The relatives of 20 students and faculty members killed during the Virginia Tech massacre met with Gov. Timothy M. Kaine to press their demands for a bigger role on the panel investigating the shootings and to raise concerns about how the university handled the incident. Kaine says he is committed to giving the parents "as much access to the panel as they want" but that he would not appoint a family member to the eight-member panel.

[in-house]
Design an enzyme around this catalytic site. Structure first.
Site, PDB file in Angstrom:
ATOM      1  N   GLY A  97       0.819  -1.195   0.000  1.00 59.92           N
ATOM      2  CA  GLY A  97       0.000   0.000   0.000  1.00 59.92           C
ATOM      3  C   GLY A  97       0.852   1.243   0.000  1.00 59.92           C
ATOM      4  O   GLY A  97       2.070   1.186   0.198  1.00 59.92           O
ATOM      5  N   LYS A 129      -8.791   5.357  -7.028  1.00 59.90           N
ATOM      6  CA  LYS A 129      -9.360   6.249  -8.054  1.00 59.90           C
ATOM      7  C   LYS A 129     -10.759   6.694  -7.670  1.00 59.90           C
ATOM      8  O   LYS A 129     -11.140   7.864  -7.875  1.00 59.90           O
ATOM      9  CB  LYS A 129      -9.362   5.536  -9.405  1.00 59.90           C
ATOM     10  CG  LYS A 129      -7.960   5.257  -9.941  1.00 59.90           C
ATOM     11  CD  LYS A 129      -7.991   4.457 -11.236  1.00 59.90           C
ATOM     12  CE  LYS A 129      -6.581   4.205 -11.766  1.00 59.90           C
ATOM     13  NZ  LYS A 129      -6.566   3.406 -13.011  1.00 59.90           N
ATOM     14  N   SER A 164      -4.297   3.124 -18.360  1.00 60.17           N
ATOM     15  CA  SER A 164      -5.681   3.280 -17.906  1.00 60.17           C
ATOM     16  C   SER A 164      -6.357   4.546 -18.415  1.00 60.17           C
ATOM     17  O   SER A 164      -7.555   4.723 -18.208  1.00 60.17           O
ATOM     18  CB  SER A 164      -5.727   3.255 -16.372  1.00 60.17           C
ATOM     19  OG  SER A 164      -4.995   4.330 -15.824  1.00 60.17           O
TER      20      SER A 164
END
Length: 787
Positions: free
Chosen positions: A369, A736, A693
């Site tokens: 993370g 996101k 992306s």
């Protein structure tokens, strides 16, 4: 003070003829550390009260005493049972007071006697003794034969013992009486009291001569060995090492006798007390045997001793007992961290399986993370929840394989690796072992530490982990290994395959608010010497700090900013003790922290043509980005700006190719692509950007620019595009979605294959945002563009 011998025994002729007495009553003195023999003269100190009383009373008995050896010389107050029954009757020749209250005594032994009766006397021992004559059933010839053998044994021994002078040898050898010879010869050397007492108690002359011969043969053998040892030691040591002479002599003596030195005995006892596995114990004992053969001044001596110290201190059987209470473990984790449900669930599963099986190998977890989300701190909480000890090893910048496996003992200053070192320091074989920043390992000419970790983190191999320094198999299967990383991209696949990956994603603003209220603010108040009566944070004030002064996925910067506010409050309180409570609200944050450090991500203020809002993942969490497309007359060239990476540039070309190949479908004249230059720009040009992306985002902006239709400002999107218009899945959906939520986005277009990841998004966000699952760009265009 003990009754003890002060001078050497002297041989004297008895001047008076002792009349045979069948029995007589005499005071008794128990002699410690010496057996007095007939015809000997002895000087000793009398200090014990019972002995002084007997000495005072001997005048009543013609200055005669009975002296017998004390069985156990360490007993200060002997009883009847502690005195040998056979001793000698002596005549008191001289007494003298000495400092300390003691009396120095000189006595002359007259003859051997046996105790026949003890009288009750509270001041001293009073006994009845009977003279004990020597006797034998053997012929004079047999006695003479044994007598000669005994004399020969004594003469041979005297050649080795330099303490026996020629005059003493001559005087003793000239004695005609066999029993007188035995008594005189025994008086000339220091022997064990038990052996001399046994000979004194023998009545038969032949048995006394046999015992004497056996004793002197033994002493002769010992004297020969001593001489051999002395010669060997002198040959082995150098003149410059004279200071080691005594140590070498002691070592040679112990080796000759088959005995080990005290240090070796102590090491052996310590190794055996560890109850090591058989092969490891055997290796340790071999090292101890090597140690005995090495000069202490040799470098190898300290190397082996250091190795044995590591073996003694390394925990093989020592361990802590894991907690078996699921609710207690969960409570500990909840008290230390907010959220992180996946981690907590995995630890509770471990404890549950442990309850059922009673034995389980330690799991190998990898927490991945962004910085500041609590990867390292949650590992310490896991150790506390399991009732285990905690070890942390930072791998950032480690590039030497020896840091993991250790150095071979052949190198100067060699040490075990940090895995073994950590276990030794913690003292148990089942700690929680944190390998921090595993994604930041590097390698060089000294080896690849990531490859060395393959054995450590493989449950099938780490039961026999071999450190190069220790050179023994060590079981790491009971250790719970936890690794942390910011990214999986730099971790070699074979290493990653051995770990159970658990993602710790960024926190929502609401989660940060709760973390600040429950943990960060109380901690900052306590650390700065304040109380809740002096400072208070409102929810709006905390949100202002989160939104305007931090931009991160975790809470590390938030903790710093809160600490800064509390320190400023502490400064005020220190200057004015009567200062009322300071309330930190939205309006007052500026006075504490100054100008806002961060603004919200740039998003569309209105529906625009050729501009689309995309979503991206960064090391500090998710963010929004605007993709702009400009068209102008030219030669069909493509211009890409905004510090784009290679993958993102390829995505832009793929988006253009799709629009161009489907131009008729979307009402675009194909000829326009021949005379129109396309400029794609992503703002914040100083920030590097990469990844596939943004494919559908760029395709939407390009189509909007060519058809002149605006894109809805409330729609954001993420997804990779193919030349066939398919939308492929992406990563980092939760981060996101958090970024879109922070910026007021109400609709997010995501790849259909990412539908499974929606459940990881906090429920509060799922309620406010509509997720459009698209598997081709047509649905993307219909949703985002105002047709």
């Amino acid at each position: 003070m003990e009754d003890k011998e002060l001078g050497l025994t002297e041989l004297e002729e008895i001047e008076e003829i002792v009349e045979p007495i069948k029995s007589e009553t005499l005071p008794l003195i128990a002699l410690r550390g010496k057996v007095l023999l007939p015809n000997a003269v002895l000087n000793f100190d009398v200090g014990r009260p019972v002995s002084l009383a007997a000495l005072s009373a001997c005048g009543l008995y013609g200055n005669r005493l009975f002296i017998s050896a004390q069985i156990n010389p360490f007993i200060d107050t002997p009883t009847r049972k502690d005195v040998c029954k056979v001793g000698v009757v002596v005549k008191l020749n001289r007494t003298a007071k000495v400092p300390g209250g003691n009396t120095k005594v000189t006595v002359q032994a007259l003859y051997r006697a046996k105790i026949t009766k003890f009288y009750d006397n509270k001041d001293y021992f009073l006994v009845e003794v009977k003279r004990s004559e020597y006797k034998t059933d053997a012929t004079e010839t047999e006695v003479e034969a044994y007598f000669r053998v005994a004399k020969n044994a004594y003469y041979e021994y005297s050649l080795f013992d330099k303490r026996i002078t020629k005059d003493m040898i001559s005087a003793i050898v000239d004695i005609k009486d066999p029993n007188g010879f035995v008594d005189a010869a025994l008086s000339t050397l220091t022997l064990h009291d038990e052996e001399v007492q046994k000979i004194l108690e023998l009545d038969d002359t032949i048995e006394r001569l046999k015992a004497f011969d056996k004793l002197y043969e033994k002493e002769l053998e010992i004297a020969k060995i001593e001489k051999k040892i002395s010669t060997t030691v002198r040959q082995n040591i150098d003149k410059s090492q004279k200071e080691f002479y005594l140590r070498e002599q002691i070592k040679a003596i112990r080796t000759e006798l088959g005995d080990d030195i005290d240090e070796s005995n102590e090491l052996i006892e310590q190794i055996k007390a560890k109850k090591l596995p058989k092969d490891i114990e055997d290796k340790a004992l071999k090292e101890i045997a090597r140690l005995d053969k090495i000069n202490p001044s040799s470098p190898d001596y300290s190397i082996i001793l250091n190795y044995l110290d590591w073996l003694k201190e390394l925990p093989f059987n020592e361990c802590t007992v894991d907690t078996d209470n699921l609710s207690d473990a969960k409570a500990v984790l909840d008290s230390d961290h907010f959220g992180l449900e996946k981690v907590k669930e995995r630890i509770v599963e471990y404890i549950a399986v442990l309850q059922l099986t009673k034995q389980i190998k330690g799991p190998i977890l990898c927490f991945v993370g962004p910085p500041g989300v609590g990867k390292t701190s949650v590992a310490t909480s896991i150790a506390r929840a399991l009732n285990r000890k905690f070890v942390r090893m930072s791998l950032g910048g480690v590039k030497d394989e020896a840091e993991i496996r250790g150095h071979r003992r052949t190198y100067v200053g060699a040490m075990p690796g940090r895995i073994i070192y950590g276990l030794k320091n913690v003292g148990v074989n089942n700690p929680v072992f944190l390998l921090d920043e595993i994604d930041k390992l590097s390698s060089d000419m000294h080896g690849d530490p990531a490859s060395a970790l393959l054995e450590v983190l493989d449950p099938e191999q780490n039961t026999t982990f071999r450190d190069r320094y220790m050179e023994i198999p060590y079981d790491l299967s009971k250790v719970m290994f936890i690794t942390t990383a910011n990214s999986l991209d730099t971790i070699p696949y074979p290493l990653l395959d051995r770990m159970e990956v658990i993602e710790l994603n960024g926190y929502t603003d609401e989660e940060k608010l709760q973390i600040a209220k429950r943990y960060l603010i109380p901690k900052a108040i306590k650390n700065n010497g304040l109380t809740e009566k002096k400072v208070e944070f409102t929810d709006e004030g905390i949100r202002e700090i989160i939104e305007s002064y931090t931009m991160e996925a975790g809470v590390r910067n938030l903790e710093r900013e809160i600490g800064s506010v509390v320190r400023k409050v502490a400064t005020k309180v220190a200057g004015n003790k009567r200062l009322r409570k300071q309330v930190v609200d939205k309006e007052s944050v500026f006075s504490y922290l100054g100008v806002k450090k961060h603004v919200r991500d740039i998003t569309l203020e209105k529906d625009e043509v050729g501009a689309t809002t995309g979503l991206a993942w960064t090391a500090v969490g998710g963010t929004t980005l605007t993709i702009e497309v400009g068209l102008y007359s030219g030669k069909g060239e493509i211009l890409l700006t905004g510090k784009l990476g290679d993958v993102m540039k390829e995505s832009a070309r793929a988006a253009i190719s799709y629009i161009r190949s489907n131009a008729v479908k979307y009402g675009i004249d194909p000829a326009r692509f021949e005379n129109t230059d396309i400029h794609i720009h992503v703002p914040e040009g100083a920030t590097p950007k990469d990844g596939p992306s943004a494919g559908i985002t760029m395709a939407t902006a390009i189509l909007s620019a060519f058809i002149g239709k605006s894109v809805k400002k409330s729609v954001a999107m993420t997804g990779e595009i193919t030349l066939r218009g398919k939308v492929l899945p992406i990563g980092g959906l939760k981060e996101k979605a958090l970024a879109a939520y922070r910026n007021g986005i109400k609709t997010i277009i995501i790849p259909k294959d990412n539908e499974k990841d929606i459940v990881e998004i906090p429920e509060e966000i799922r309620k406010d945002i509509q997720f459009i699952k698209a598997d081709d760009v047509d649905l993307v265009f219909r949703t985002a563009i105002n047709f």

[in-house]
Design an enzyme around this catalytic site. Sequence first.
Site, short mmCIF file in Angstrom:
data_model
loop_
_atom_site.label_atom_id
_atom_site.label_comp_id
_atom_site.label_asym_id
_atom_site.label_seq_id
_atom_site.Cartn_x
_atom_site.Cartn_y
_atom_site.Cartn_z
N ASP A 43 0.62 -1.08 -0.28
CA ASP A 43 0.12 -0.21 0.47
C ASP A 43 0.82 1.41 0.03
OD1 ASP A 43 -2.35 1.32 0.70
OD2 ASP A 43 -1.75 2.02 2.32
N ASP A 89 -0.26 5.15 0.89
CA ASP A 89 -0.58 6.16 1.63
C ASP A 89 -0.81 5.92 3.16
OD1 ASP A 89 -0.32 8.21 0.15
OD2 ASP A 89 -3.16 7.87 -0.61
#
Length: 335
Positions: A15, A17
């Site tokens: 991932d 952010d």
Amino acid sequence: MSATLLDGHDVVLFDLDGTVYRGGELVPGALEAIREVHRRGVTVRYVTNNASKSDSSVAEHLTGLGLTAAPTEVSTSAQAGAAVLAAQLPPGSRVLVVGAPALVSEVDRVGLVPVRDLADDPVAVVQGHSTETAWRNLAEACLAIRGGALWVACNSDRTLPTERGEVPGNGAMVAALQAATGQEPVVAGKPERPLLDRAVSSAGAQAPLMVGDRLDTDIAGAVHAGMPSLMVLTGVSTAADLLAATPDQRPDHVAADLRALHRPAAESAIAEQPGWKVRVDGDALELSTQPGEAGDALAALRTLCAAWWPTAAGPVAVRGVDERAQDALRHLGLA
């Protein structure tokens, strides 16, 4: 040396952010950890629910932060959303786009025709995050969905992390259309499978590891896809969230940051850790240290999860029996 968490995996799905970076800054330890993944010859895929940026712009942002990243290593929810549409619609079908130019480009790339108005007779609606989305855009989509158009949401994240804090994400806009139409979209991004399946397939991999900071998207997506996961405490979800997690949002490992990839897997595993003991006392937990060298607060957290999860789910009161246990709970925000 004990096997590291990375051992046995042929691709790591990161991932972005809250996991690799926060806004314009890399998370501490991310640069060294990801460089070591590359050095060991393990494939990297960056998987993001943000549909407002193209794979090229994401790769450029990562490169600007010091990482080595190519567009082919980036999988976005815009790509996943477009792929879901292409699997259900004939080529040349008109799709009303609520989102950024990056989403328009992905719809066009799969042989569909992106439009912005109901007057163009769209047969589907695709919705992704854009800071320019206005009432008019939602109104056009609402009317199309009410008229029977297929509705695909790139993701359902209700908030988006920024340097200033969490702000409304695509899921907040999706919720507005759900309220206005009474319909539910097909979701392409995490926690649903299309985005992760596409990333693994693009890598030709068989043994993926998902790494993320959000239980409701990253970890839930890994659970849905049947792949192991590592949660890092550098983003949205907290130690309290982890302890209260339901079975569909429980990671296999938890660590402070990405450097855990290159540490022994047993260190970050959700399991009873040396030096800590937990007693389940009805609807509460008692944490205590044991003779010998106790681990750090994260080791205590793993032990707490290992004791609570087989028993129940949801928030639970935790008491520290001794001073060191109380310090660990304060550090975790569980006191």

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EARLIER: Several members of the panel investigating the Virginia Tech massacre say they have concluded that law enforcement and university officials probably handled the initial response to the shootings appropriately, given the information that authorities had at the time. During the first meeting of the Virginia Tech Review Panel, the chairman and other members say they do not want their review to second-guess the first responders to the April 16 shooting, which left 33 people dead, including the shooter, Seung Hui Cho. Instead, the panel began outlining an agenda that will probably focus more on Cho, his access to weapons and the state's mental health system.
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